Kadima has most to gain by this since they were going to get destroyed in the election. Labour are the biggest losers (maybe along with the Haredim) as they were up in the polls and would become the second party, and they might have to wait a year and a half.
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ag
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« Reply #13 on: May 08, 2012, 04:20:14 pm »
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Kadima has most to gain by this since they were going to get destroyed in the election. Labour are the biggest losers (maybe along with the Haredim) as they were up in the polls and would become the second party, and they might have to wait a year and a half.

Well, that's if you look VERY short-term. Longer term, though, Kadima is likely to be cannibalized by Likud and Labor (if you like the government, why not vote for Likud, which is determining its policies? If you hate the government, you should be voting for the opposition). Being in bed w/ Netaniyahu has done wonders for Barak's political prospects, hasn't it? Iz Mofaz seriously hoping to do better? More likely, he is simply going w/ his instincts and political preferences: and those are taking him to back to Likud.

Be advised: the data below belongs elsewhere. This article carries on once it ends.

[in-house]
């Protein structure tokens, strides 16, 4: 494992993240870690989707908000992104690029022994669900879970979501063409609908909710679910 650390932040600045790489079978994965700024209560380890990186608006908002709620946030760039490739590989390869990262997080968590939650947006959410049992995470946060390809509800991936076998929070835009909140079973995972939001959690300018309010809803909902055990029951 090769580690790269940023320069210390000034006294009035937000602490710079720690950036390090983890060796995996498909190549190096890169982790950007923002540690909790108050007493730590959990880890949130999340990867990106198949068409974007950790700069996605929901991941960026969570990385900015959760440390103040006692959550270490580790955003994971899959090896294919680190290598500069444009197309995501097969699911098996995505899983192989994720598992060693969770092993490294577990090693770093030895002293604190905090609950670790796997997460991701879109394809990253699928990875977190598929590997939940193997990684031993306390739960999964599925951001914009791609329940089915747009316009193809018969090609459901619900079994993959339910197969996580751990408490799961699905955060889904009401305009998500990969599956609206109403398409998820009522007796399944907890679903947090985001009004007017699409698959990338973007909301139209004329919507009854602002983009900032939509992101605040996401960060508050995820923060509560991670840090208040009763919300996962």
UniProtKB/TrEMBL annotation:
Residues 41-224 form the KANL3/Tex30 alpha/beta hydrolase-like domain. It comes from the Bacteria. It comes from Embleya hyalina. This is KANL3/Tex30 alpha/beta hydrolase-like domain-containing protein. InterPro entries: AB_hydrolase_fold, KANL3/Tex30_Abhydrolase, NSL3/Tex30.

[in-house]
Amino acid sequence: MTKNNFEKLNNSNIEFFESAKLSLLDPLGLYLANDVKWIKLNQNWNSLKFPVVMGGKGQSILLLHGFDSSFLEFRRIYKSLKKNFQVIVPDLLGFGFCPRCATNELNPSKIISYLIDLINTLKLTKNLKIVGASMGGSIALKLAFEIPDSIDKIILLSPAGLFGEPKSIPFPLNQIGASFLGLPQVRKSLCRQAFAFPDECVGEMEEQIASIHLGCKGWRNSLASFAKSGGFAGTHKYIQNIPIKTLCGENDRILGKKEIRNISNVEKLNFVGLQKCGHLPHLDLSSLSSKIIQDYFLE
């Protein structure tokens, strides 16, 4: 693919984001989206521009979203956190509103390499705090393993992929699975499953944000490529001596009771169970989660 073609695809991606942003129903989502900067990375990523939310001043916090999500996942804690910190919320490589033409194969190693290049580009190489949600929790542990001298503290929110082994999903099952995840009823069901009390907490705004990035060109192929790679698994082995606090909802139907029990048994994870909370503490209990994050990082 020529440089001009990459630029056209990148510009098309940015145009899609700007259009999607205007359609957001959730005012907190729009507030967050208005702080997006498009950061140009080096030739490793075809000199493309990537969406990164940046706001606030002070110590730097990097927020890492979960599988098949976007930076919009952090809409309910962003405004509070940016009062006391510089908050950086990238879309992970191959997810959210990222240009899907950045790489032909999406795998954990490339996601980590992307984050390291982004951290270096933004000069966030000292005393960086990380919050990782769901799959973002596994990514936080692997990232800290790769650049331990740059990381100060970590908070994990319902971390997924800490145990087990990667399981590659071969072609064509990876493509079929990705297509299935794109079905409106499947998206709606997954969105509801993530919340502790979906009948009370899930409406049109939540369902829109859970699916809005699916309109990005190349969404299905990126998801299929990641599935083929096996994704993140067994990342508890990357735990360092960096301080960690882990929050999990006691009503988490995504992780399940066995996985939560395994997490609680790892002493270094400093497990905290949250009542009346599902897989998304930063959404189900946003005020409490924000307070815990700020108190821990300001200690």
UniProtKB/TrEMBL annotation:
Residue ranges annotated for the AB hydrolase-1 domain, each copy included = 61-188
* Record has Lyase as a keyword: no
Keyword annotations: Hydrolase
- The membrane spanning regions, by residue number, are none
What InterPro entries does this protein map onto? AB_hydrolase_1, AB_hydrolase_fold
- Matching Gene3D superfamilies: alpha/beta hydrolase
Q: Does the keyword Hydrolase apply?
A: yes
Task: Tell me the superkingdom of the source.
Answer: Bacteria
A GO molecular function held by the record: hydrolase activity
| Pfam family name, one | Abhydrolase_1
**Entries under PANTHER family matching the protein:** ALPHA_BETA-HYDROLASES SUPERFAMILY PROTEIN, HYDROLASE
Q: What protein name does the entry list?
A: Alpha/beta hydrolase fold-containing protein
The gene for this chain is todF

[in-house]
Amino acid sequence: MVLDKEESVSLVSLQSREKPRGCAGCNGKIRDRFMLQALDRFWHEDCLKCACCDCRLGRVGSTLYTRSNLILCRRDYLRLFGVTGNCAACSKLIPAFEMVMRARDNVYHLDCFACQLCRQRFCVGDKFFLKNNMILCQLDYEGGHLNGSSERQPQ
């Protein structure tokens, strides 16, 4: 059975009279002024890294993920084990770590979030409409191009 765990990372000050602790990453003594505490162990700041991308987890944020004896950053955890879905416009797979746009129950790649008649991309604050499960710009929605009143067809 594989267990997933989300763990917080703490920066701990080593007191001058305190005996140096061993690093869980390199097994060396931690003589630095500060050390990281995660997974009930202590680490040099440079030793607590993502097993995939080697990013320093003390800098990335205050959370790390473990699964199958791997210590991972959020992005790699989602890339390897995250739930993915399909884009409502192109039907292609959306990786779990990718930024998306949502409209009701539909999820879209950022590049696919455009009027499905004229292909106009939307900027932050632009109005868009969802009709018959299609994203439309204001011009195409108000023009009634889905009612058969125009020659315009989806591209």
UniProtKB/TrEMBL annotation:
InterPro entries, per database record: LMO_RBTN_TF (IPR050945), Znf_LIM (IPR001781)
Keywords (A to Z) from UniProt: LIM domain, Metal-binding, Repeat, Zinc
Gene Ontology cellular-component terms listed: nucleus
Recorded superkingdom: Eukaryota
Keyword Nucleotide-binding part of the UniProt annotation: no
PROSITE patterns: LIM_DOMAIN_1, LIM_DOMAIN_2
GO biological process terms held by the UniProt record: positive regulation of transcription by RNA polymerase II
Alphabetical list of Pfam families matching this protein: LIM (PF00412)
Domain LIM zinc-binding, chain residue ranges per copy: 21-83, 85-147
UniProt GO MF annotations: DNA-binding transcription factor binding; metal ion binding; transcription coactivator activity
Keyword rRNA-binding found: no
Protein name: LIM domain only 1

This is the resumption of the normal service: the return of the sharonniks into the fold.  Likud and Labor will be the beneficiaries: that's what is normal service in Israel, isn't it?
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RodPresident
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« Reply #14 on: May 08, 2012, 07:42:05 pm »
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Mofaz only went to Kadima because he lost Likud's leadership contest. Olmert could anhilated Likud if he hadn't invited Lieberman to coalition. It's sad to know that a party that would be a source of moderation in Israeli politics is going to be destroyed because bad leadership.